Re: Your Murder
Christopher Gooch

Durkin Confidential Investigations
Cahuenga Building, Suite 204
Los Angeles, CA

Byron Ginsberg
Centennial Apartments
Bismarck, ND

January 20, 2004

Dear Mr. “Ginsberg”:

On November 26, 2003, a Mr.Derek Smyth of this city retained Durkin Confidential Investigations to find out who, in his words, was “out to kill” him.

The facts, which I have ascertained through research, interviews, and deduction are as follows:

1) That you, Mr. Ginsberg, are in fact Derek Smith.

2) That on November 22, you received a threatening note in the mail that, in barely legible handwriting, said, “You will die.”

3) That, upon first receiving the aforementioned note, you claimed you had dismissed it as a practical joke and had no noticeable reaction to it (as later confirmed by family members).

4) That, on the night of November 25, you felt sick to your stomach and were nauseous after drinking some hot chocolate. Suspecting it was food poisoning, you didn’t drink any more of it. Despite your protests, your daughter drove you to the hospital where, upon a physical examination, a Doctor Houston said you had suffered a severe gastrointestinal disturbance.

5) That, on the morning of November 26, you hired me to find out if, indeed, there had been foul play.You explained, quite clearly, that you wanted me to find if in fact an attempt had been made on your life and if so, to obtain enough evidence to warrant a police investigation. You recalled that your wife made the hot chocolate. Shortly before she made it, however, one Lawrence Melton, your former business partner, dropped in to talk to you. This escalated into a heated argument as the hot chocolate was made, and you threw Melton out.

6) That the hot chocolate, upon analysis by Acme Forensic Services (see attached report) which you insisted upon, was found to contain 115 milligrams of arsenic which, combined with the 4-5 milligrams of arsenic you had already consumed, would have proved almost certainly fatal, had you finished drinking it. This jibes with the Doctor Houston's diagnosis, as arsenic poisoning often first appears to be indigestion.

7) That you claimed to have no enemies other than your Mr. Melton. This was substantiated further upon subsequent interviews with your wife, daughter and Mr. Melton himself. You said, I quote, “He’s a grandstanding jerk.”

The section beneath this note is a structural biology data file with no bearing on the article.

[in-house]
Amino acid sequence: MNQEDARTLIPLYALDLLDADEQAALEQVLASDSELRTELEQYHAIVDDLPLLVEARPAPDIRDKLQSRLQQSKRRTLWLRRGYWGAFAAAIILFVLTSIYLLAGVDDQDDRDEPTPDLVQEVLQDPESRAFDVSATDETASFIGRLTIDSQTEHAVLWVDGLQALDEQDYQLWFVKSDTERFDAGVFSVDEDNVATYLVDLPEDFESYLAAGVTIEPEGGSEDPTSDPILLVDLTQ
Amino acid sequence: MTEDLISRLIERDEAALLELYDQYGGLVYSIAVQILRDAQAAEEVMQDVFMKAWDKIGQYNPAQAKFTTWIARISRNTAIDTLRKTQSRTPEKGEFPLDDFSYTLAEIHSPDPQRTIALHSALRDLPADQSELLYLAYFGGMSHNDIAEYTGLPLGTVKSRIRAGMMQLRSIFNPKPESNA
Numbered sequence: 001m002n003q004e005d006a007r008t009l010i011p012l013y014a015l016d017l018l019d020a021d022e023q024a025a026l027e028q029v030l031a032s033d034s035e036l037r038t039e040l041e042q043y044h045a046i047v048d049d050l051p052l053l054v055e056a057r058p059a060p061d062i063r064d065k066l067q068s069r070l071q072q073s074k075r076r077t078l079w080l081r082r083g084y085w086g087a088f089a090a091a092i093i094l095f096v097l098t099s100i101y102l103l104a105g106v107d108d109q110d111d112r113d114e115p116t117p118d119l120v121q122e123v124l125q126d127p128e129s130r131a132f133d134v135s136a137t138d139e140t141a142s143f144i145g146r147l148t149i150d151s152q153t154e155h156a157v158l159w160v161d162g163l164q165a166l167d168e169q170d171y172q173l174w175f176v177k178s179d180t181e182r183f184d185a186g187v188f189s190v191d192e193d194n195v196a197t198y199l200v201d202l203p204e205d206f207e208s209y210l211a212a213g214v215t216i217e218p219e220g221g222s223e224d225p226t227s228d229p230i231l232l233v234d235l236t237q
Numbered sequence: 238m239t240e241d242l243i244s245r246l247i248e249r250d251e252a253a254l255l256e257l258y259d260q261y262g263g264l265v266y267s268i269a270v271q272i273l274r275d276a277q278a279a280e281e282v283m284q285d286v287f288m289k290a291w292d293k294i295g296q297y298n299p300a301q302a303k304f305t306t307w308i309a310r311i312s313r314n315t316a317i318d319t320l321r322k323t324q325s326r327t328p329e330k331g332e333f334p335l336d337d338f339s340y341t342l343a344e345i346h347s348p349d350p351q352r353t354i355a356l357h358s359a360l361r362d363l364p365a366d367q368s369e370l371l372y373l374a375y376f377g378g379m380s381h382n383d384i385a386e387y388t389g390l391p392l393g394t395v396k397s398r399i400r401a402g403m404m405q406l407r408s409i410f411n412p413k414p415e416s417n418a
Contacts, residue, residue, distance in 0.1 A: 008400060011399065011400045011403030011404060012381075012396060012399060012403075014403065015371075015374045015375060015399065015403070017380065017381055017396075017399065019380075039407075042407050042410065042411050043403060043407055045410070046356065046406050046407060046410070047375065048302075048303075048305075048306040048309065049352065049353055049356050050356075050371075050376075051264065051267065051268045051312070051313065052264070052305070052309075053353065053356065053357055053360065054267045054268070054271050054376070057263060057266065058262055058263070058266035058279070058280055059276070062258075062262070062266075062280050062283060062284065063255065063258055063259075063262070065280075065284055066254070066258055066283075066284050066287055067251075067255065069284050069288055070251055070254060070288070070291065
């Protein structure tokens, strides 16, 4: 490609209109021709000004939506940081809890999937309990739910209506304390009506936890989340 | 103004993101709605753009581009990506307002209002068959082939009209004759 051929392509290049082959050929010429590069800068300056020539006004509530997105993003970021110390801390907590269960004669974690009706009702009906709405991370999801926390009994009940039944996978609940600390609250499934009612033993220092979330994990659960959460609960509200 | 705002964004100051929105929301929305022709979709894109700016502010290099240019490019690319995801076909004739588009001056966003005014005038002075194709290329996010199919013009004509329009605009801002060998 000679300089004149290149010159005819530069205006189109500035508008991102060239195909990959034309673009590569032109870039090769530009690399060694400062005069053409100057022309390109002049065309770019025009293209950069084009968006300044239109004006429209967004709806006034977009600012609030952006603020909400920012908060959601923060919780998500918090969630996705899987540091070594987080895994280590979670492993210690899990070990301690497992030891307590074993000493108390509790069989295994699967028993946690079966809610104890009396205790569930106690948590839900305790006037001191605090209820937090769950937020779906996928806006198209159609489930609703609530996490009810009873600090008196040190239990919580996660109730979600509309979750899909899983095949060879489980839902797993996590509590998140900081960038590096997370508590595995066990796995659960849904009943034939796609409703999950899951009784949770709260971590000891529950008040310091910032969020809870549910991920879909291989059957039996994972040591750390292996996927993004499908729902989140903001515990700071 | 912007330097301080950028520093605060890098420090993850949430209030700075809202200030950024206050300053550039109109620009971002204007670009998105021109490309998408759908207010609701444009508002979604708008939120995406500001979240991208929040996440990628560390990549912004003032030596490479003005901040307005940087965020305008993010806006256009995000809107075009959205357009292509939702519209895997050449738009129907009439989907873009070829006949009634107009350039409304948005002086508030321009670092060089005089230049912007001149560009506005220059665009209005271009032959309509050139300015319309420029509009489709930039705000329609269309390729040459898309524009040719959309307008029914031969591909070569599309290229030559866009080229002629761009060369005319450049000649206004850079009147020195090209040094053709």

8) That, in Melton’s words, he “hated [you]enough to want to kill him,” but that “scruples” held him back.

9) That, on the morning of December 5, 2003, a body was found in a deserted car on the side of the road wearing your clothes. Apparently, the car had been pushed off the side of the road. Gasoline had been poured on it, and the car had burned considerably. The car appeared to be yours, and the body was identified by your wife as yours. Death occurred sometime on the fourth of December.

10) That, on December 6, 2003, upon learning of your death from your wife, I immediately took steps to present the case to the police and suggested they pay particular attention to Lawrence Melton.

11) That Melton had been missing since December 4, 2003. None of his relations had seen him since then, nor had they heard anything about where he intended to go.

12) That, on December 6, 2003, an all-points bulletin was put out for Lawrence Melton.

13) That you had insured your life so that on your death your wife received a substantial amount, in addition to all your properties and monies.

14) That, between December 7 and December 18, I called your house a total of eleven times trying to reach your wife. I left eight messages on your machine and spoke with your daughter three times. Your daughter repeatedly told me she had no idea where your wife went, that she woke up the morning of the seventh to find her bed empty and the car gone. If I wasn’t able to contact her soon, I told your daughter, I would be forced to bill her for my services. She seemed to think that was fine, until I told her my fee. Since she had nowhere near that amount, I urged her to file a missing persons report and/or retain me to find her mother (your wife). She did both. With exactly $500.00 (all she could afford), she retained me to find your wife so I could bill her.